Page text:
I come by my love of foreign comics honestly by way of my Grandmother, God rest her soul. When I was growing up she used to go on these Church sponsored trips overseas,and invariably she would bring home a comic book from the country she visited for me. Even though I couldn’t read most of them I treasured them, as ample evidence of my Grandmother’s love (of course at the time I never gave it a second thought but it couldn’t have always been easy for her to find them) sure. But they were also proof positive that comic books were being published all over the world, a pretty heady concept for a kid in 1960′s America to accept let me tell you.
But once she brought me a back one that I could actually read, an issue of a British boys weekly. I wish I could tell you it had been a copy of the legendary Eagle, home to Dan Dare, Pilot of the Future, but to be absolutely honest I’ve completely forgotten it’s title. I’ve lost that comic somewhere along the line, but even decades later can still vividly recall two of it’s on-going serials.
One involved a trio of schoolboys who protected their little seaside village against the Nazi’s using their souped up BMX bikes (thirty years prior to their invention). While the other concerned the travels of an orphaned boy on the run from his evil uncle who coveted his inheritance. Coincidentally in the installment he was in America and was rescued in the nick of time by a hippy porter who, even at the age of ten, struck me as being remarkably unauthentic. And my only exposure to hippies was exclusively from their occasional appearances in episodes of The Beverly Hillbillies and Hawaii Five-0.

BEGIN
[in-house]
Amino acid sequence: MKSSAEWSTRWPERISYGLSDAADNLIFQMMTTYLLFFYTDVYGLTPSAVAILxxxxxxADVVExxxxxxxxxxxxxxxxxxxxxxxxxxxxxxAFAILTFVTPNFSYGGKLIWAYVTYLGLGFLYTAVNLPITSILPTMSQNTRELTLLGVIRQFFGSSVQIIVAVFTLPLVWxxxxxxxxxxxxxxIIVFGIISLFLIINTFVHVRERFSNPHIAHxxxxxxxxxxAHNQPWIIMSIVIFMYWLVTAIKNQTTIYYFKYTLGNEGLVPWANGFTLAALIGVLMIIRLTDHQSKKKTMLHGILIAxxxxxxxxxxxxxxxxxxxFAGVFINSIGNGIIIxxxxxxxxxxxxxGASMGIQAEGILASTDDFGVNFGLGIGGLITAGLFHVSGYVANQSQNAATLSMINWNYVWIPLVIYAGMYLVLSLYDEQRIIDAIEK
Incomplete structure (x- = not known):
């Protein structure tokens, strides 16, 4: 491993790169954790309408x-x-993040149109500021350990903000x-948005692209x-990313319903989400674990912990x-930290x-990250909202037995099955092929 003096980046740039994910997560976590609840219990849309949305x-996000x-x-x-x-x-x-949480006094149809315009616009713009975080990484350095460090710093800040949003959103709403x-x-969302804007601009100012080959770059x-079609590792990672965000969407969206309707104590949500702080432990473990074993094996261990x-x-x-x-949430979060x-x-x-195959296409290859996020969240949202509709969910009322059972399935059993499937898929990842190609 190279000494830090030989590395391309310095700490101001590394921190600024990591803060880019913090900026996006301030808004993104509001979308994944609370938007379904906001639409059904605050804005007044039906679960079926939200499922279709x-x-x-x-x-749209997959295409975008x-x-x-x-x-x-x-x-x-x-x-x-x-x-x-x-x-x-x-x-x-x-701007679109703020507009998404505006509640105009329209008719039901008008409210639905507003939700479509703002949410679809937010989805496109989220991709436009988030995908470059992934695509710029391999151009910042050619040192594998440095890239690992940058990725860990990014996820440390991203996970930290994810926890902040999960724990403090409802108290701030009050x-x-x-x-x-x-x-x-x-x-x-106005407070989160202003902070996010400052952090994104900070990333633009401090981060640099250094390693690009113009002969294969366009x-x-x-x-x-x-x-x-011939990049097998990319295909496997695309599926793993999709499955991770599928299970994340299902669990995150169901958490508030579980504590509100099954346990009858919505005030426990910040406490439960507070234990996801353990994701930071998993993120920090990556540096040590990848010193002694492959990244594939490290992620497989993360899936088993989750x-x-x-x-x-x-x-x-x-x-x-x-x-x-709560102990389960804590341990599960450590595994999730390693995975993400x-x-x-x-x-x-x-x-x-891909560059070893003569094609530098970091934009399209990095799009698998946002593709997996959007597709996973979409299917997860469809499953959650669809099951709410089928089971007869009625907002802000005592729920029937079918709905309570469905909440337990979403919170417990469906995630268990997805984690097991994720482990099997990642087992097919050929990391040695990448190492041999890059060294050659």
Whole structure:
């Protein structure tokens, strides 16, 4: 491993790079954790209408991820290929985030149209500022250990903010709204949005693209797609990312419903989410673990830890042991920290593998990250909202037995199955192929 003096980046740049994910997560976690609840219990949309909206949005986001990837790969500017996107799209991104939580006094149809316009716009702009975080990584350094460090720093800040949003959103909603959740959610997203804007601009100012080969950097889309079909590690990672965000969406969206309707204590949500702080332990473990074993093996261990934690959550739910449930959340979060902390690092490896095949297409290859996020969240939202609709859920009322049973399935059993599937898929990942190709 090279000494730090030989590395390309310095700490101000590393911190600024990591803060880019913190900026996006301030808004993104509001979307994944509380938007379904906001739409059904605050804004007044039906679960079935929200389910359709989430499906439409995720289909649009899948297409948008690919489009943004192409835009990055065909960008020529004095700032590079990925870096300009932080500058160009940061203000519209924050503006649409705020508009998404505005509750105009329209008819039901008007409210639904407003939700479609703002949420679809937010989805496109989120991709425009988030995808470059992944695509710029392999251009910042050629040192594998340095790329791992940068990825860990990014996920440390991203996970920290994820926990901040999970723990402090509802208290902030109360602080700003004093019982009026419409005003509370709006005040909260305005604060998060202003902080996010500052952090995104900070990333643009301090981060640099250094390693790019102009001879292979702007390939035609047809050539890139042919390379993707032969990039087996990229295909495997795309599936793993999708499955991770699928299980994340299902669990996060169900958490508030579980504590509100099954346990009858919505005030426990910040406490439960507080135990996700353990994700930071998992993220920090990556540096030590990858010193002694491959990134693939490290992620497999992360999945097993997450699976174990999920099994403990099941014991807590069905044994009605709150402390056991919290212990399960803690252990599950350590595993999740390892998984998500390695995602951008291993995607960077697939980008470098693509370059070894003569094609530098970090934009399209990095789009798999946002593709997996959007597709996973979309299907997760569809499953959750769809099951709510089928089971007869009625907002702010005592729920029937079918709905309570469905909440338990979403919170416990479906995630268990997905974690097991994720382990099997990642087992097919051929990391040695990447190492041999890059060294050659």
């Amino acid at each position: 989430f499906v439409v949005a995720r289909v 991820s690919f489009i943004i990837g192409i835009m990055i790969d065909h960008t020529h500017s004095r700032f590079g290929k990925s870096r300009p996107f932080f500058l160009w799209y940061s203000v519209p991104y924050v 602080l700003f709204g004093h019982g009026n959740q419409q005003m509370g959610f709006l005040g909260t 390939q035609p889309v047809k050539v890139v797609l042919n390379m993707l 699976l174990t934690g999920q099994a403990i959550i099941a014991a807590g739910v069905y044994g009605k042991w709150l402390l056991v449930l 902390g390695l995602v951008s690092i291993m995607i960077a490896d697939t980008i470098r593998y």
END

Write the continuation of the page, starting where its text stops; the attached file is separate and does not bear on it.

In the decades that followed I’ve mostly read about British comics, seeing as how there weren’t a lot of reprints readily available in America. But recently I’ve managed to establish contact with an underground cabal of scanners and have downloaded a couple hundred of the actual comics. Enough to fully appreciate their intelligence, imagination, wish fulfillment and eccentricity, to know that I have favorite artists, titles and characters. But mostly I’ve read enough of them to know that I want to read more.
British weeklies being anthologies published weekly the adventure stories were of course serialized so it’s hard to to find a self contained sample to share with you here. So thank heavens for the British Annuals which were generally large-sized hardcover books with over 100 pages and a high colour content which came out in the Fall in time for Holiday gift giving.
So, from Buster Holiday Fun Special 1974 I give you a story of one of my favorite character, Galaxus, The Thing From Outer Space. Created by editor Ken Mennell who wrote his first installment, the rest of its 339 episodes were written by Scott Goodall and drawn by South American artist Solano Lopez (who’s best known here for his Adults Only Eros Comic Young Witches).
Galaxus was a space alien with the face of a platypus, body of a yeti and feet of a mole who could shrink down to two inches or expand to giant size. Befriended by a couple of British kids who tried to protect him from the uncaring adult world that refused to understand that he meant us no harm. He was sort of an inarticulate anti-Hulk who in spite of his size and strength advantage most often shied away from a fight, regularly expressing himself with the forlorn wail of a heart broken child. It seems a little short of insane that no one has collected this, or turned it into a cartoon series, or plush figures; Galaxus would make one hell of a huggie.
— Steve Bennett